The Aegis Trust and King’s College London (KCL) conference on Digital Archives, Memory and Reconstruction in Rwanda concluded with the development of a roadmap to improve the quality of archiving in Rwanda as well as access to existing and future digital archives.
Professor Sheila Anderson and Dr. Mark Hughes from KCL had the unenviable task of condensing the huge variety of matters discussed at the conference into a short summary. Both speakers celebrated the success of the gathering, and the usefulness of the proposed action plans.
“We need to carefully select what we archive today because that’s what our grandchildren will remember. We also need to work with young people to bridge the divide between digital natives and digital migrants and find the balance between rapid development of new technologies and impact,” Sheila Anderson said.
Quick Wins for Digital Archiving
The participants identified various ‘Quick Wins’ – short-term actions that will help to solve challenges highlighted during discussions. In terms of identifying content for archives, it was recommended that a recent study on Rwanda’s archive holdings be made public and that an extended collection inventory be created and shared among institutions.
It was also agreed that institutions needed to be more cohesive, and that a survey to identify the potential for sharing expertise, equipment and networks would help to address the problem of fragmented activities. The participants also noted that it was important to identify relevant legal frameworks with regards to the ownership, access and use of sensitive material and to raise awareness of these policies and laws.
This roadmap and the proposed projects will be the topic of discussion at a follow-up conference in London in September, followed by a final comprehensive report to shape future policy on archiving in Rwanda.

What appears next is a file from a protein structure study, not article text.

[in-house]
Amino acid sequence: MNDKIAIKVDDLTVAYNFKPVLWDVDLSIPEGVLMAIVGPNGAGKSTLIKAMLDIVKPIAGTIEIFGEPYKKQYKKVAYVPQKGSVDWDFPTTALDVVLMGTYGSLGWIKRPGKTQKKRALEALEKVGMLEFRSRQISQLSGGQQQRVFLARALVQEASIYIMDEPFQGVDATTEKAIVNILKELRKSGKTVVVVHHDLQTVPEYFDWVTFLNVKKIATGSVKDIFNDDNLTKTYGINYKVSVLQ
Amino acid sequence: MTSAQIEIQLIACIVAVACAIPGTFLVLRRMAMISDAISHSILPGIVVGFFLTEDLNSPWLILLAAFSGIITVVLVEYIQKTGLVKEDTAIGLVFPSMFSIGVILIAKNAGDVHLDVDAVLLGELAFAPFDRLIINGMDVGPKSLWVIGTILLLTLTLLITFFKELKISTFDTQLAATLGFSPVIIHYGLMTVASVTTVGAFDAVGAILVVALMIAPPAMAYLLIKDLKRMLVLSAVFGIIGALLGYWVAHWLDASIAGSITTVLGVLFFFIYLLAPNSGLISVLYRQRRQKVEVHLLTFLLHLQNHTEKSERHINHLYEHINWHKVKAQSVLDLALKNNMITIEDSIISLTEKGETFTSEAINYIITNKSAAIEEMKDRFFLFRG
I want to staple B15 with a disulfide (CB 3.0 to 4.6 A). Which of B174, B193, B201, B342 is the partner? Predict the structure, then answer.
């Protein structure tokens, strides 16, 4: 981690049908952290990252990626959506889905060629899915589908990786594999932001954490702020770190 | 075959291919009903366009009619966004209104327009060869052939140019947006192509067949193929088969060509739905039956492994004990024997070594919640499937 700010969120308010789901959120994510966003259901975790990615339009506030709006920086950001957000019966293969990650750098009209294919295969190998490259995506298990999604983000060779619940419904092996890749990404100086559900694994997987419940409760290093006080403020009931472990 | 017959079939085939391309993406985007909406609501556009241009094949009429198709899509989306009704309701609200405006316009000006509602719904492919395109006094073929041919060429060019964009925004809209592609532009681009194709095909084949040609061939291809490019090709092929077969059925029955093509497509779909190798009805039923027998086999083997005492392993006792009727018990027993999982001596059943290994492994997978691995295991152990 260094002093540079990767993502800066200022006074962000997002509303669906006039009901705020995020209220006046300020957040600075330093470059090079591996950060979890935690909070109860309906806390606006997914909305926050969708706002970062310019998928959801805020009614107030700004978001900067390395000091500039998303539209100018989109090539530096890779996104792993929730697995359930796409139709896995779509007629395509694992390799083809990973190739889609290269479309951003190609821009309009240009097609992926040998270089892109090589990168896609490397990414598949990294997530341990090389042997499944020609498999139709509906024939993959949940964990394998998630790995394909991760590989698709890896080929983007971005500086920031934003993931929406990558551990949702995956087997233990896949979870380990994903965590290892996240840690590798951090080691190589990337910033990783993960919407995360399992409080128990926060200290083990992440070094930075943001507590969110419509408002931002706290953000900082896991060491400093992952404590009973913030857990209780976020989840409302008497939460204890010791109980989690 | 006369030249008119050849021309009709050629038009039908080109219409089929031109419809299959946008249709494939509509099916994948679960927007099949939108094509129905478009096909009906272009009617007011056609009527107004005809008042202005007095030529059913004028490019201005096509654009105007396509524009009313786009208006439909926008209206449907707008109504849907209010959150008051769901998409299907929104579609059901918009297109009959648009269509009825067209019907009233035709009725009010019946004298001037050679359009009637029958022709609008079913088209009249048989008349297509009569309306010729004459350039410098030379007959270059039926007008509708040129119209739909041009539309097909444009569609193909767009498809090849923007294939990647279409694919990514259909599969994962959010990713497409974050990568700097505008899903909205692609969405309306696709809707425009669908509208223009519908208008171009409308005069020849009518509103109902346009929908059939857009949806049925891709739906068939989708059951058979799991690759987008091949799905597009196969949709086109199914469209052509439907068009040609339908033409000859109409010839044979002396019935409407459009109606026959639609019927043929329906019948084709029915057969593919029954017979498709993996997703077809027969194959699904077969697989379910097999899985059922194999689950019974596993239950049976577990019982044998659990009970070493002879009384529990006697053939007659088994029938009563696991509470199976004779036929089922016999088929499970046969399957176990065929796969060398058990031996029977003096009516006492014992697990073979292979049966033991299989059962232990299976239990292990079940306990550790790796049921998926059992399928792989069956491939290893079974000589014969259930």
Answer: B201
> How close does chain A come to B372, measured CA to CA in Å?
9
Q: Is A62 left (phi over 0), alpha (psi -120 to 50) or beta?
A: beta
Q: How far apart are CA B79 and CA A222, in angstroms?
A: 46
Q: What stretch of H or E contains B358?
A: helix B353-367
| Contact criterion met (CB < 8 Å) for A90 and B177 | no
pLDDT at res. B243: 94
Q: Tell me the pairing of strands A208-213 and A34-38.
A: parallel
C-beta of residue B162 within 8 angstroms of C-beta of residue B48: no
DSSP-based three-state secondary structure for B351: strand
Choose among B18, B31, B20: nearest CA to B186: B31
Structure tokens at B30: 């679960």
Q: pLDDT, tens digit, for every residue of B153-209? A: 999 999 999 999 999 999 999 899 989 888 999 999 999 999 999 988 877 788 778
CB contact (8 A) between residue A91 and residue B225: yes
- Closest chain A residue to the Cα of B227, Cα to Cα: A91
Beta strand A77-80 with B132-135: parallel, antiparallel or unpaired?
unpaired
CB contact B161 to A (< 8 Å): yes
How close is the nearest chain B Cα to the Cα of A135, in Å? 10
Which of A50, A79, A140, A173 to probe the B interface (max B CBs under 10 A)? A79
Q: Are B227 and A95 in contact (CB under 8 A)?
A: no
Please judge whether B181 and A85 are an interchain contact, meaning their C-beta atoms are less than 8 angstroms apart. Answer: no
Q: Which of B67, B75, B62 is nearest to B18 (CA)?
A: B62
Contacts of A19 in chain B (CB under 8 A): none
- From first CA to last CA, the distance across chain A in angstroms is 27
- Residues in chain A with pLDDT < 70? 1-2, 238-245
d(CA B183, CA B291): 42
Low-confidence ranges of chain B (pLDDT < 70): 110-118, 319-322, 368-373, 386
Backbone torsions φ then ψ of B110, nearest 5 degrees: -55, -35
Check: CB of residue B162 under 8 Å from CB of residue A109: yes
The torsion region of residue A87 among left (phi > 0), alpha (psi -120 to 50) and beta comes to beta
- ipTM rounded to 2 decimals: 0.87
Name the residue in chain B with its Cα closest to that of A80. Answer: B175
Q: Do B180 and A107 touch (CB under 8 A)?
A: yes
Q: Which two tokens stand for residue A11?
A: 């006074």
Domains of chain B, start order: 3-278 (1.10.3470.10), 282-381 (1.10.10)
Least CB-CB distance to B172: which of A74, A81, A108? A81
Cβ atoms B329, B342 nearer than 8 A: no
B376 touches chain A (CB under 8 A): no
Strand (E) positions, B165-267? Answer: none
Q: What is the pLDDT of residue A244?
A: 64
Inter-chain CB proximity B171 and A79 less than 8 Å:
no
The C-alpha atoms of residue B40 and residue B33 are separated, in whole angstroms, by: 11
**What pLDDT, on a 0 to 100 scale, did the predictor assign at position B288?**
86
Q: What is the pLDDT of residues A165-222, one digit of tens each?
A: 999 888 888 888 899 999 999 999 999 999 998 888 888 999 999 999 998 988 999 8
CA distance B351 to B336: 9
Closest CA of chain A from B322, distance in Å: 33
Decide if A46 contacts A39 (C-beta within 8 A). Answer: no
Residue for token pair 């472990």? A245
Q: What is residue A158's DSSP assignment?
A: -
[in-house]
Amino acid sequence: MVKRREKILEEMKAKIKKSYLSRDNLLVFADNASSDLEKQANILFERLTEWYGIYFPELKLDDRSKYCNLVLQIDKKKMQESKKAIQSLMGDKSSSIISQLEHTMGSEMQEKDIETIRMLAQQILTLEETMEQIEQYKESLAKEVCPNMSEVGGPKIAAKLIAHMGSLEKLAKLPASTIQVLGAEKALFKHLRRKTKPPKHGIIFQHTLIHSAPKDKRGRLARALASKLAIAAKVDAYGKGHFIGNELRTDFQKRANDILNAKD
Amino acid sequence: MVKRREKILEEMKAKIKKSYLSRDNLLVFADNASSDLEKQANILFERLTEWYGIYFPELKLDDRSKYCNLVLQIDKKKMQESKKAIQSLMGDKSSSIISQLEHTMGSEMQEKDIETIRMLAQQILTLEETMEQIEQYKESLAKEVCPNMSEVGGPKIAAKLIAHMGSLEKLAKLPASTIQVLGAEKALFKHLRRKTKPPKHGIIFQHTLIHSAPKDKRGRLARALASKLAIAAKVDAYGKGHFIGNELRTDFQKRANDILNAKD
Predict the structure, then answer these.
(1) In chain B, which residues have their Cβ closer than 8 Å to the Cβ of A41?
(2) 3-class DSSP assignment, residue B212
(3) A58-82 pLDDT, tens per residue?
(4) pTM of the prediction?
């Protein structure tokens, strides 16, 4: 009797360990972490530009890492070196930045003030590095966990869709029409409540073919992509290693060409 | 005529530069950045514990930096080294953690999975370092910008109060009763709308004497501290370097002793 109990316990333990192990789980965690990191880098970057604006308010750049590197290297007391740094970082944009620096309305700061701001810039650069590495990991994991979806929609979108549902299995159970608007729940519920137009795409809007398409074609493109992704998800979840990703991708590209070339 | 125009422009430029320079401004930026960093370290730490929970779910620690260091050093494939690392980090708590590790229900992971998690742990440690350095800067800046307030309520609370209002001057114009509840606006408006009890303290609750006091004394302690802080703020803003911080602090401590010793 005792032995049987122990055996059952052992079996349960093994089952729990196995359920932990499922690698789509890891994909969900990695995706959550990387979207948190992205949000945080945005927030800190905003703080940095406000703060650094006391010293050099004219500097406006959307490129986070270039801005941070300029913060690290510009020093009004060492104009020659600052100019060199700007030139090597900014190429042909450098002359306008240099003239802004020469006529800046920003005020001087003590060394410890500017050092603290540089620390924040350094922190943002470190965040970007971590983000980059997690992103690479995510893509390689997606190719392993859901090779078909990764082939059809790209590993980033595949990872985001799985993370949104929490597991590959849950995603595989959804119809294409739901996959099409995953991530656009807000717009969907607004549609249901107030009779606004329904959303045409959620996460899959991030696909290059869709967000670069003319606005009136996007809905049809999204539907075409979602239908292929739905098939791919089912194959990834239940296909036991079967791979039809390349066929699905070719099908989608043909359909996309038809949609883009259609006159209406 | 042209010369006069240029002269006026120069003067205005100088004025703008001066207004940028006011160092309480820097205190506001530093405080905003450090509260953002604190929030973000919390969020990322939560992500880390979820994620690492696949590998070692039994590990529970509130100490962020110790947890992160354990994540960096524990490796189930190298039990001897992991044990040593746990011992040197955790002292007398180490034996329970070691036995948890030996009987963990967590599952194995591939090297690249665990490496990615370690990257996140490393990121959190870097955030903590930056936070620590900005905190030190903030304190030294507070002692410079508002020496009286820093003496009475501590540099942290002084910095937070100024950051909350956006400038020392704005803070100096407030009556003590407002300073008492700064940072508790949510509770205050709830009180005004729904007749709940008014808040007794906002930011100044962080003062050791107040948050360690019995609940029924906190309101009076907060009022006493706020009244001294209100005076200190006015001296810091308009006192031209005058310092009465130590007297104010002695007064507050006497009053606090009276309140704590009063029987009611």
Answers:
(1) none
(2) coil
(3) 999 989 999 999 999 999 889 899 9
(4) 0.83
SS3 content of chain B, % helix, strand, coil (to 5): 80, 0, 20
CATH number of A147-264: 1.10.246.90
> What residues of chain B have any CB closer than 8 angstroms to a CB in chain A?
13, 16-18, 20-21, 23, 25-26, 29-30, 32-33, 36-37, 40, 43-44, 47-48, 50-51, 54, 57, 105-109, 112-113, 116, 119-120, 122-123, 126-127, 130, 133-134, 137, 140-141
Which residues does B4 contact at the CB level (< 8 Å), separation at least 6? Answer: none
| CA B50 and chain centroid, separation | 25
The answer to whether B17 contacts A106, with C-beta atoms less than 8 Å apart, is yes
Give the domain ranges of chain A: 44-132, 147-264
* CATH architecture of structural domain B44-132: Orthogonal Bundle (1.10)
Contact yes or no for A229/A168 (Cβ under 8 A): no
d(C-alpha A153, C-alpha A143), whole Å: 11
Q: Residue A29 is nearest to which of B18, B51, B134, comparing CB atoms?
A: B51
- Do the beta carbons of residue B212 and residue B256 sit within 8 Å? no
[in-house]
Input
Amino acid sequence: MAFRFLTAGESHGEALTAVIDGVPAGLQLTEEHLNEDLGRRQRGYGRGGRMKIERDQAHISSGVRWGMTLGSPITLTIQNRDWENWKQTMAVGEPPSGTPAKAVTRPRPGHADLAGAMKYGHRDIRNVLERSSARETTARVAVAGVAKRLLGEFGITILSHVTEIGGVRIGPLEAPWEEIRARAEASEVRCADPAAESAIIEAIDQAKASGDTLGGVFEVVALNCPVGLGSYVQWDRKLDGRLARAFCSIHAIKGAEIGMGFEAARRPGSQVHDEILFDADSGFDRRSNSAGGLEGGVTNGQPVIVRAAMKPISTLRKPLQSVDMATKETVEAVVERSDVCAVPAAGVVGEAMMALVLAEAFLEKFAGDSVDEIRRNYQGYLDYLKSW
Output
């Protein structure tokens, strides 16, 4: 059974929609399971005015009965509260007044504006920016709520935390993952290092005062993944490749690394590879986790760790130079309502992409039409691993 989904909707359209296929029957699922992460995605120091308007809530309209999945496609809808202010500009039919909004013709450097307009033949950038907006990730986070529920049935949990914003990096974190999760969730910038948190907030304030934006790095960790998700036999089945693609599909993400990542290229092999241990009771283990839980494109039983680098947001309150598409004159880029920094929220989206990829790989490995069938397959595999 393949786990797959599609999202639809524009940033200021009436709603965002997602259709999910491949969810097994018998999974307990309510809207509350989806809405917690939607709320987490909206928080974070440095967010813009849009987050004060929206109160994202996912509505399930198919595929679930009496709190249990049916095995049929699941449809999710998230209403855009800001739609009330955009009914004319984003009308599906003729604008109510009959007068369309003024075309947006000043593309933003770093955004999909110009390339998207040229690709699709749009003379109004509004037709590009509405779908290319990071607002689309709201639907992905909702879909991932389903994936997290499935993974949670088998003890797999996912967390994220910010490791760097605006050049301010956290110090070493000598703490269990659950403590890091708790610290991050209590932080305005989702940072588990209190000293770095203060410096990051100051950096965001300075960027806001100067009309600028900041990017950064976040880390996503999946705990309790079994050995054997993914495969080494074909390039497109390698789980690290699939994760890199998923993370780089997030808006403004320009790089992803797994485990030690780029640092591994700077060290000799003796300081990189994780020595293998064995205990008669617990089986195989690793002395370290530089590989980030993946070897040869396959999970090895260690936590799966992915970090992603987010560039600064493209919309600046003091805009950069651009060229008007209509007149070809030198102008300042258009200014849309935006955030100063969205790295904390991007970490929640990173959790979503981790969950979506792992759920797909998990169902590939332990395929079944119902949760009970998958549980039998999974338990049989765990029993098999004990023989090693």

Summing up the quick wins, Dr Mark Hedges said: “We need to share expertise, share infrastructure, share skills and share knowledge. We need to work together. We would like to establish more peer-to-peer networks to support mutual learning and skills development. Trainings on digital archiving should be very practical and include apprenticeships and short courses.”
Partnership & Collaboration
The conference was rounded off by Freddy Mutanguha, who stressed the importance of archive building and its significance to Rwanda, encouraging participating institutions to build upon the suggestions of the conference, and to collaborate to make such resources as useful as possible for future generations.
Finally, Mark Montgomery, Head of Governance for the UK’s Department For International Development in Rwanda (DFID), praised the initiative and importance of the conference, as well as the strong link between British and Rwandan institutions, reiterating calls for cooperation and action, and closing the conference formally.
“It is important for us to find ways to protect Rwanda’s archives, streamline access and improve how they can be used for research and learning. To do so, we need to increase collaboration between research institutions, technology providers and the holders of archives, both locally and internationally. DFID is proud to be associated with efforts to digitise important historical documents through the Genocide Archive of Rwanda and by funding a study on the extent of archives across the country,” Mr Montgomery said.
The conference on Digital Archives, Memory and Reconstruction in Rwanda was made possible thanks to support from the UK Arts and Humanities Research Council.